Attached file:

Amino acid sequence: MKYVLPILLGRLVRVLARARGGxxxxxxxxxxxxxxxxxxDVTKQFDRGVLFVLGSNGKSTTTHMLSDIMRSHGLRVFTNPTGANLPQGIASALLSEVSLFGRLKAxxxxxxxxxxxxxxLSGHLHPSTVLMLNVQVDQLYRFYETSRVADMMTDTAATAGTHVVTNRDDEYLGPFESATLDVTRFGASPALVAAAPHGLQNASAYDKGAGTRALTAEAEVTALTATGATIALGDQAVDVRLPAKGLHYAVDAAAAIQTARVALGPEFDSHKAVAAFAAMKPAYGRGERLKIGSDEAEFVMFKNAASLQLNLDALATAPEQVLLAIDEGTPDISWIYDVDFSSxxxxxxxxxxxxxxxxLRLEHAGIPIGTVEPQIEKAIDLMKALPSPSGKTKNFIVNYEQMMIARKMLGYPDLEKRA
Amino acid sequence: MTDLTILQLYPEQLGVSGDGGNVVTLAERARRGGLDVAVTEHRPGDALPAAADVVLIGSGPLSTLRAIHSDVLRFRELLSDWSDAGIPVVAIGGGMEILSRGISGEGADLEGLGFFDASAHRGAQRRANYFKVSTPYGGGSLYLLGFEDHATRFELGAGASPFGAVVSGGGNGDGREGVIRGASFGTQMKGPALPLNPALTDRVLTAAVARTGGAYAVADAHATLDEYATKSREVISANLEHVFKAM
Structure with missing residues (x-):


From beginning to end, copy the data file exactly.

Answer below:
Amino acid sequence: MKYVLPILLGRLVRVLARARGGxxxxxxxxxxxxxxxxxxDVTKQFDRGVLFVLGSNGKSTTTHMLSDIMRSHGLRVFTNPTGANLPQGIASALLSEVSLFGRLKAxxxxxxxxxxxxxxLSGHLHPSTVLMLNVQVDQLYRFYETSRVADMMTDTAATAGTHVVTNRDDEYLGPFESATLDVTRFGASPALVAAAPHGLQNASAYDKGAGTRALTAEAEVTALTATGATIALGDQAVDVRLPAKGLHYAVDAAAAIQTARVALGPEFDSHKAVAAFAAMKPAYGRGERLKIGSDEAEFVMFKNAASLQLNLDALATAPEQVLLAIDEGTPDISWIYDVDFSSxxxxxxxxxxxxxxxxLRLEHAGIPIGTVEPQIEKAIDLMKALPSPSGKTKNFIVNYEQMMIARKMLGYPDLEKRA
Amino acid sequence: MTDLTILQLYPEQLGVSGDGGNVVTLAERARRGGLDVAVTEHRPGDALPAAADVVLIGSGPLSTLRAIHSDVLRFRELLSDWSDAGIPVVAIGGGMEILSRGISGEGADLEGLGFFDASAHRGAQRRANYFKVSTPYGGGSLYLLGFEDHATRFELGAGASPFGAVVSGGGNGDGREGVIRGASFGTQMKGPALPLNPALTDRVLTAAVARTGGAYAVADAHATLDEYATKSREVISANLEHVFKAM
Structure with missing residues (x-):